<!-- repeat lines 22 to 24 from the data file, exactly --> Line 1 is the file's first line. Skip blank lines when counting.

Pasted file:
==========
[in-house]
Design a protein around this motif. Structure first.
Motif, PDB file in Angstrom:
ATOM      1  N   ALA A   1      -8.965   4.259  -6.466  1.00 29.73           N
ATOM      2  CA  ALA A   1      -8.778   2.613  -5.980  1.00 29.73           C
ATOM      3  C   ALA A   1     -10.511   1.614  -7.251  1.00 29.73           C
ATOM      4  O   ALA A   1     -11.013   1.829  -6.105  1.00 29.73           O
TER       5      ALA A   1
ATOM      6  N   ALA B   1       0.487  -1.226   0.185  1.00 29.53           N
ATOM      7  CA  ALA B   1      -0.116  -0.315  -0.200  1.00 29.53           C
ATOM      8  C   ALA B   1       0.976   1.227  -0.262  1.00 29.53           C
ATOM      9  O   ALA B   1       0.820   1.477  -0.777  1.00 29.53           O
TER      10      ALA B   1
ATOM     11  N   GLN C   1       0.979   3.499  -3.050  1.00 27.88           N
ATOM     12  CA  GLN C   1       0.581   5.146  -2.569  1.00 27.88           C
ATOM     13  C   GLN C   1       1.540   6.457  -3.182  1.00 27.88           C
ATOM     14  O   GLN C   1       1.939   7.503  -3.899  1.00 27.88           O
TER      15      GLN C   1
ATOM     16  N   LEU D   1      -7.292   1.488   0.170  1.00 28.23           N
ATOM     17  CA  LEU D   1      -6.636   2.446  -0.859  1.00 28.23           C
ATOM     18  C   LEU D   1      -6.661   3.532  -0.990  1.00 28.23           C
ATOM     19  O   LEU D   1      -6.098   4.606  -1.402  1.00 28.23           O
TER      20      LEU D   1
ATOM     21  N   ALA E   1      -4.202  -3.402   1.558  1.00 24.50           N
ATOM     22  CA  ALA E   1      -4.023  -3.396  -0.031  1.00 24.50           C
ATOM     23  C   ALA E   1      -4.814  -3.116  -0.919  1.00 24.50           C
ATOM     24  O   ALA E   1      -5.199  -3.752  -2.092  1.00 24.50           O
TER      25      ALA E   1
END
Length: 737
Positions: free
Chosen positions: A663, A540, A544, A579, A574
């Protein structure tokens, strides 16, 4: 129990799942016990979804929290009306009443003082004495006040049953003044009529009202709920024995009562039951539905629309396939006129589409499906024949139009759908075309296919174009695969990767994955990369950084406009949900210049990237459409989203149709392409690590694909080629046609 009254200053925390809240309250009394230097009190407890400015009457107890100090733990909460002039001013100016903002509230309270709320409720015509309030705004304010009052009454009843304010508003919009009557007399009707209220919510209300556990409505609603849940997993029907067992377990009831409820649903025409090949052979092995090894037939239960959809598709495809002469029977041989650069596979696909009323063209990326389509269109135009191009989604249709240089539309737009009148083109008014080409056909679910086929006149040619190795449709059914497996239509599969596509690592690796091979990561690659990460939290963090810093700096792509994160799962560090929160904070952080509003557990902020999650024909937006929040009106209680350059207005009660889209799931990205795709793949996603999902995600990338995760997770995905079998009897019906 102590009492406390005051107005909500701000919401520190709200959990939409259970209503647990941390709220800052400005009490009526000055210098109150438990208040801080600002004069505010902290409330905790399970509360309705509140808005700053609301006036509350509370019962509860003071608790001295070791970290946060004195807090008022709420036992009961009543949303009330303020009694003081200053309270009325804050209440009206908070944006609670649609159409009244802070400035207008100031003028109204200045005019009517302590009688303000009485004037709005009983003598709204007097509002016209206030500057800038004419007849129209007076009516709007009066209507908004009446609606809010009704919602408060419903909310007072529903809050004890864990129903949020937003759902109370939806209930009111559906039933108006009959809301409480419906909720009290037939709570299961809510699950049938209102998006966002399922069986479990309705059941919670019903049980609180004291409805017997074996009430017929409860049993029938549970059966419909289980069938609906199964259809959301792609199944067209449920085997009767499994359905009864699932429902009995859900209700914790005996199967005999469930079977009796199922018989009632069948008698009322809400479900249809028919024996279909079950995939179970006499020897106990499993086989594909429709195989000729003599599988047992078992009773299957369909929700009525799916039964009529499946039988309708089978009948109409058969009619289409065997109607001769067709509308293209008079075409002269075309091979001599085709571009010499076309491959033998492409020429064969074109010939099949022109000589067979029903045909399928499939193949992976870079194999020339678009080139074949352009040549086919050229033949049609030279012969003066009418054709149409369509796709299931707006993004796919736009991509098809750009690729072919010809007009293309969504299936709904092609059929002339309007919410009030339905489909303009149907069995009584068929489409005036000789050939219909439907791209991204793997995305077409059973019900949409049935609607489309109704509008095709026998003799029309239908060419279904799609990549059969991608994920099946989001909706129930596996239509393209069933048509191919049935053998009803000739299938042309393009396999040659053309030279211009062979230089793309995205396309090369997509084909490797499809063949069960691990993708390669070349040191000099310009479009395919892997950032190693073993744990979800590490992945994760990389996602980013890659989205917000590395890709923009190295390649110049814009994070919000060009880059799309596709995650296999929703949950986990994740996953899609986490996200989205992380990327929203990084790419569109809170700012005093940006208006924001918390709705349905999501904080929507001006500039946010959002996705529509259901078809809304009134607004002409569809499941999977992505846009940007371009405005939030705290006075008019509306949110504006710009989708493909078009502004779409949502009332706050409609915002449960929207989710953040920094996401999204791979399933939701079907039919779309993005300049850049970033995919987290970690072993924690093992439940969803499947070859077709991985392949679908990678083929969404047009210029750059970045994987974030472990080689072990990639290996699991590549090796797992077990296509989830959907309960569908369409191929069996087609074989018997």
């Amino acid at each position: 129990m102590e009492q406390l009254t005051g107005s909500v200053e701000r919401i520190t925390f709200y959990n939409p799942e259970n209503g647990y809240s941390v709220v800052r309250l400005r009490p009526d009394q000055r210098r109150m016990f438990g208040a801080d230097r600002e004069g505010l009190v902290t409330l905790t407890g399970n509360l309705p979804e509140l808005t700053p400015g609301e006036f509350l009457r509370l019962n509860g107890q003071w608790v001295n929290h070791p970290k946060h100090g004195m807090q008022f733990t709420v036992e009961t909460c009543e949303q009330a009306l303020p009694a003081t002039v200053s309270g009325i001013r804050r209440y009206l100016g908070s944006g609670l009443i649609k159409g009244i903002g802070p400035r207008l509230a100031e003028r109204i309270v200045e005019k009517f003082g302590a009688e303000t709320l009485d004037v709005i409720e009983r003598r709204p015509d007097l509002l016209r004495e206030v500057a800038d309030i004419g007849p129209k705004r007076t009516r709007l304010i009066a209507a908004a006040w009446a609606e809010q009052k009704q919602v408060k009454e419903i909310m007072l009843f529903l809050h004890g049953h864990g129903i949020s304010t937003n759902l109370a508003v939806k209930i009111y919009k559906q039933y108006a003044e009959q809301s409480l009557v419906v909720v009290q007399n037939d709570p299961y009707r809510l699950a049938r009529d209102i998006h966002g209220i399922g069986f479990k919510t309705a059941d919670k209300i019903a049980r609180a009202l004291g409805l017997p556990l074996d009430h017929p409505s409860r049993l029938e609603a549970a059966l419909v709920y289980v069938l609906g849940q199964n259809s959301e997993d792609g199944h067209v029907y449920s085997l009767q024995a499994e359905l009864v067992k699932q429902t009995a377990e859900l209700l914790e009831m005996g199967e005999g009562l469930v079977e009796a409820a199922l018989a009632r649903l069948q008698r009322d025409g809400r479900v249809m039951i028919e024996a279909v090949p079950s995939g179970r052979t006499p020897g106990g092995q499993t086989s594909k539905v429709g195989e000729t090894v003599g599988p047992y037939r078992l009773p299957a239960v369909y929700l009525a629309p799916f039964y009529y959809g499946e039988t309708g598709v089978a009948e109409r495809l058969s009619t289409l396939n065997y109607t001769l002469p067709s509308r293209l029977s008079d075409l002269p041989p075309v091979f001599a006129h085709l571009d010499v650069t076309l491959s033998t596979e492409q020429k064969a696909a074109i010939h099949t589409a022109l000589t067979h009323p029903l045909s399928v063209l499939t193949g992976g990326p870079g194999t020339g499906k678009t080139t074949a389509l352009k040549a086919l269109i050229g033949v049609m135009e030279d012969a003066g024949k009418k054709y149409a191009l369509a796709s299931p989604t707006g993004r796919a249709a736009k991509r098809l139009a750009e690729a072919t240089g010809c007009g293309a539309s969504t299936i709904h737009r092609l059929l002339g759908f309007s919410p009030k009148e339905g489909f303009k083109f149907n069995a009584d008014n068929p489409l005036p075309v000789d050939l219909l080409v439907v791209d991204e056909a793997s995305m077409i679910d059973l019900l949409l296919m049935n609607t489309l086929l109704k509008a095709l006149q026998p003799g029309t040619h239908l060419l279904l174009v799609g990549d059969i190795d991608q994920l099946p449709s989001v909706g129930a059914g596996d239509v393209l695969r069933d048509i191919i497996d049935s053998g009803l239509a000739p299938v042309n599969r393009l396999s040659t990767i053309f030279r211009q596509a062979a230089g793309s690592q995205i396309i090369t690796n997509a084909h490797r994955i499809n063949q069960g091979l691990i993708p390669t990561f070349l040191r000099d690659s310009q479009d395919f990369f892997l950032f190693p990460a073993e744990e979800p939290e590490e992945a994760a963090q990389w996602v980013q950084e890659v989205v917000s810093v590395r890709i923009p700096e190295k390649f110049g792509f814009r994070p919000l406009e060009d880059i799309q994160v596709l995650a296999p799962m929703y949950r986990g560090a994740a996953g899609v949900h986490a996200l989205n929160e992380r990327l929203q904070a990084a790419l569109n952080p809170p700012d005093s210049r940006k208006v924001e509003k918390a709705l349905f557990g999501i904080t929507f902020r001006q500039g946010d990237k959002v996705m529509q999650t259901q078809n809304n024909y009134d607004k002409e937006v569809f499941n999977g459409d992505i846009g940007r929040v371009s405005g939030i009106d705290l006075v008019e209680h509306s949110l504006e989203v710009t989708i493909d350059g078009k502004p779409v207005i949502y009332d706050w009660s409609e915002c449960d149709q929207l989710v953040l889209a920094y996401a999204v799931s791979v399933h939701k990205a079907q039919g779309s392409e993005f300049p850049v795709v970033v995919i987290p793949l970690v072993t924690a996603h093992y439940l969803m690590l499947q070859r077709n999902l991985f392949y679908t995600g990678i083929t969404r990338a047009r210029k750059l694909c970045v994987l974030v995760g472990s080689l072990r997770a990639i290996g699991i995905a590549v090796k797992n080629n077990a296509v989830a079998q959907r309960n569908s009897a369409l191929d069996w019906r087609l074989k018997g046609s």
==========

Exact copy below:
ATOM     19  O   LEU D   1      -6.098   4.606  -1.402  1.00 28.23           O
TER      20      LEU D   1
ATOM     21  N   ALA E   1      -4.202  -3.402   1.558  1.00 24.50           N